The Great Cipher, invented by the Rossignol family, was such a difficult cipher to crack because of two important factors. First the details and use of it was lost one the Rossignols died, which meant hat cryptanalyst had to start from scratch without knowing anything about how the cipher was created besides what they assume based on what other ciphers looked like during the same time period as Louis XIV.  The other significant factor that made the Great Cipher so powerful is the fact that it was not a simple single letter substitution cipher but actually a double letter substitution with a twist: instead of substituting letters, it instead substituted syllables. This greatly complicated the cipher because there an incredibly large number of ways in which to rearrange and cipher syllables, and if there is now starting point at which to begin deciphering the Great Cipher, then it becomes infinitely harder to crack the Great Cipher as opposed to a simple single letter substitution cipher. While these things combine to make it difficult to crack the Great Cipher; the inclusion of traps, such as numbers to delete the previous syllables, made it difficult to tell whether or not a postulated key to the cipher is correct until the traps are detected and accounted for. The combination of having no information about the formation of the Great Cipher as well as the unique substitution it uses as well as traps to trick cryptanalysts all combined to make it unbroken for 200 years after it was created despite the effort of many intelligent cryptologists.

The Advancement of Civilization's Effect on Cryptography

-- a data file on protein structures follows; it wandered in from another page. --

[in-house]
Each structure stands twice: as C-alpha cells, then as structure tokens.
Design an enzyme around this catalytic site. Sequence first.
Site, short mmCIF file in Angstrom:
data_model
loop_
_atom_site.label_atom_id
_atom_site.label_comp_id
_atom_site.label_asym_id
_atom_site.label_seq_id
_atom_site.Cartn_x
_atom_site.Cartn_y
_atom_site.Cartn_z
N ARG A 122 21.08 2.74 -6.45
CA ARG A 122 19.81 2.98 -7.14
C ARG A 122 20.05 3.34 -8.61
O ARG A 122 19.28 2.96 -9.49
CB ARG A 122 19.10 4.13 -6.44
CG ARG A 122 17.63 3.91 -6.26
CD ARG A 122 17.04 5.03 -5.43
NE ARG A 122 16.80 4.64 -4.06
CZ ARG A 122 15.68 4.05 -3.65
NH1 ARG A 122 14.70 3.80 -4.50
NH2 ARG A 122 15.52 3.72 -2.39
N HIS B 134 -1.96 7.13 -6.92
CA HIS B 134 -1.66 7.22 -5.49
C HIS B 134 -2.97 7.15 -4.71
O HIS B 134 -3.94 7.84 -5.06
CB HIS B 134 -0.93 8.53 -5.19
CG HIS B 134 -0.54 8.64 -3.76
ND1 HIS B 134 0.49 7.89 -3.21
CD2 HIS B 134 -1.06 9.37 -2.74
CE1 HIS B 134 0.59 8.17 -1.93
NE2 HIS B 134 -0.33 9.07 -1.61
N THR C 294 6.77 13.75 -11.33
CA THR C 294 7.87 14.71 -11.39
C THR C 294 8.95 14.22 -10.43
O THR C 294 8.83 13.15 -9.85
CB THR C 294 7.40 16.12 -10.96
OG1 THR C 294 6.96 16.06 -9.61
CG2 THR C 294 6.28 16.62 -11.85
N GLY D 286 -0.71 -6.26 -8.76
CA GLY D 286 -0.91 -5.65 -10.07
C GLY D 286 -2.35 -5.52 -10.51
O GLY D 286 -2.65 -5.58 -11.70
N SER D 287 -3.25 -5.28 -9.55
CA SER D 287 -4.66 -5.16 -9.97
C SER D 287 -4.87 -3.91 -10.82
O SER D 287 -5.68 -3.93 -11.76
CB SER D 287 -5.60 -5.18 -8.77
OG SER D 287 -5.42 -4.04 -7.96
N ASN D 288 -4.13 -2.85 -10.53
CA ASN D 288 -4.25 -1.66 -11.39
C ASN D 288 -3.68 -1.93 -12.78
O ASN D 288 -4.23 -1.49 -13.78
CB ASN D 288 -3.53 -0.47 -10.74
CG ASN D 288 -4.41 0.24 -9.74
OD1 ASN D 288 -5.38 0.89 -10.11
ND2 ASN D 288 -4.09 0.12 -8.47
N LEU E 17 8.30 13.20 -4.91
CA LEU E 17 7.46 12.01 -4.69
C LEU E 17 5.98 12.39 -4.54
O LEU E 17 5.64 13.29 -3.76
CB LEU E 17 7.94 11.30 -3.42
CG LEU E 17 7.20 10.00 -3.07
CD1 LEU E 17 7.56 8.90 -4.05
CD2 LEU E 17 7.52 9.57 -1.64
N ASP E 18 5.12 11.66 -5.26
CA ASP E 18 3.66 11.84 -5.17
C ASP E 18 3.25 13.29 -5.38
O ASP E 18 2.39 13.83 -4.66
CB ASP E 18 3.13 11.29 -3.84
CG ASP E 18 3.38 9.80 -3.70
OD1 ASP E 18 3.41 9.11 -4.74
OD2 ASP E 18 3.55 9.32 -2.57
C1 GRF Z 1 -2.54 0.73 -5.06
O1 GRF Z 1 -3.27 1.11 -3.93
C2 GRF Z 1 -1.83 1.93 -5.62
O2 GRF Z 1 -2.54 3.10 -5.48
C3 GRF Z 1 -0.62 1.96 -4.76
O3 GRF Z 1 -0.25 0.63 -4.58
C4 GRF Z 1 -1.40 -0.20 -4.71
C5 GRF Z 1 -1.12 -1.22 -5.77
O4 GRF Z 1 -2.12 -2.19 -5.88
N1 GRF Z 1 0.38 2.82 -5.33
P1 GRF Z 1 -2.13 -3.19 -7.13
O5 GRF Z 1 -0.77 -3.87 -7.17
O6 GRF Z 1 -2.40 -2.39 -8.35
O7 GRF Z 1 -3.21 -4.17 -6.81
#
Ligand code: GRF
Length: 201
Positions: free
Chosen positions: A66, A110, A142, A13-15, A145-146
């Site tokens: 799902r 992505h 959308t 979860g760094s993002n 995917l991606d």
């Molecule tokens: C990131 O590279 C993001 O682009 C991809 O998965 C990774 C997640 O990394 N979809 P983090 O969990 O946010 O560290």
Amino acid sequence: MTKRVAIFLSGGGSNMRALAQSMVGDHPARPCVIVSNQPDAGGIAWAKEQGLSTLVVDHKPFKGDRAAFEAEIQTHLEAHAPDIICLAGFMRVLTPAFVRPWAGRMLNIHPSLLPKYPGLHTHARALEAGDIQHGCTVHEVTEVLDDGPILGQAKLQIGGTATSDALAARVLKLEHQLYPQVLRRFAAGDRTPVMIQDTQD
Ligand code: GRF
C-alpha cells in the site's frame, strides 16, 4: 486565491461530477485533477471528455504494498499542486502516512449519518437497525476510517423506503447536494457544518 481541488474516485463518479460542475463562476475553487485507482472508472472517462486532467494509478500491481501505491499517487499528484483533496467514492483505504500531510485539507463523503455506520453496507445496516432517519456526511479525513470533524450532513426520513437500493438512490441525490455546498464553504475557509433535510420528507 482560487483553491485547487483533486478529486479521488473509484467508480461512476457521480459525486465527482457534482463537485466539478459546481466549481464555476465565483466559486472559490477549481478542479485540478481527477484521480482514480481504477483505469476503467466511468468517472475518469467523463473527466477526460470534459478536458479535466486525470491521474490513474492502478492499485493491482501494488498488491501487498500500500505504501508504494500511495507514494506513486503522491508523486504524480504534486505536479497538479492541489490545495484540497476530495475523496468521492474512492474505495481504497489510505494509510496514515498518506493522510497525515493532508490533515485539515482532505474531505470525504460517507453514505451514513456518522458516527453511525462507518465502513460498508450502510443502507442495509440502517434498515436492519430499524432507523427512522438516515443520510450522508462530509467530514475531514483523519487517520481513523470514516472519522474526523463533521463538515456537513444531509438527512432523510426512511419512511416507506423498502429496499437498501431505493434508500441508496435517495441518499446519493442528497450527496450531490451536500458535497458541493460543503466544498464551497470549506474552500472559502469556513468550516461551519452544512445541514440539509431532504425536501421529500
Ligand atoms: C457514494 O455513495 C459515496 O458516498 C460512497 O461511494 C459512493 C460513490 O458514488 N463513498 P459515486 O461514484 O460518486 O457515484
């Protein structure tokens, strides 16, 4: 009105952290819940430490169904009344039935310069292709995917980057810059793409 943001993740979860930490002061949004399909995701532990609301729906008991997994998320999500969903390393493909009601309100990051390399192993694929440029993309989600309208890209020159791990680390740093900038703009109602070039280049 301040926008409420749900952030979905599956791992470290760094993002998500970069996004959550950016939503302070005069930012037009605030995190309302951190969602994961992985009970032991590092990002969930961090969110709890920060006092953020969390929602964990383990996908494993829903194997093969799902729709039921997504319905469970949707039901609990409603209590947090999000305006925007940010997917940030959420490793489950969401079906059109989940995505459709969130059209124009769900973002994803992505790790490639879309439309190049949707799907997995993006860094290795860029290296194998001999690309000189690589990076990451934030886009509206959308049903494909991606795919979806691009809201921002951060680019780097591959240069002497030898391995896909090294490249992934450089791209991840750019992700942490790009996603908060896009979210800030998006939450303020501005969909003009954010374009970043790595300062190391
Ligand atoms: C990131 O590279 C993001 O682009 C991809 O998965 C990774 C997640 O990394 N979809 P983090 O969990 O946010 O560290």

The reason that relatively untrained cryptanalysts are able to use frequency "on their own" is because the civilization has advanced enough for them to think in a way that allows for them to  think in complex ways. Though they are relatively untrained in the discipline of cryptography, they are well versed in the realm of linguistics, both reading and writing, and as well as at least a basic understanding of math and statistics.  This is very different from the civilizations that Singh refers to when discussing civilizations that weren't advanced enough to to preform crypt analysis, in those civilizations writing, reading, math and statistics were reserved to such a select few that new and original ideas were hard introduce. Because there were no new ideas that came into the intellectual aspect of the civilizations and the intellectual community is so small, it is hard for people to notice the patterns that is the basis of frequency analysis. In today's society, even those that are classified as "amateur" cryptanalysts still have a solid base in linguistics and at least a basis in math and statistics which allows them to be able to come up with frequency analysis "on their own."   The intellectual community is larger and because of that , there are more examples of cryptography and as Singh shows in his book, the more material there is, the easier it is to see the pattern of the encryption that hides the plain text of a message. The intellectual basis combines with the fact that the intellectual community is larger in order to create the opportunity for frequency analysis to appear naturally in today's society, as opposed to the civilization, such as Europe, who Singh classifies as not having "sufficiently sophisticated level of scholarship ".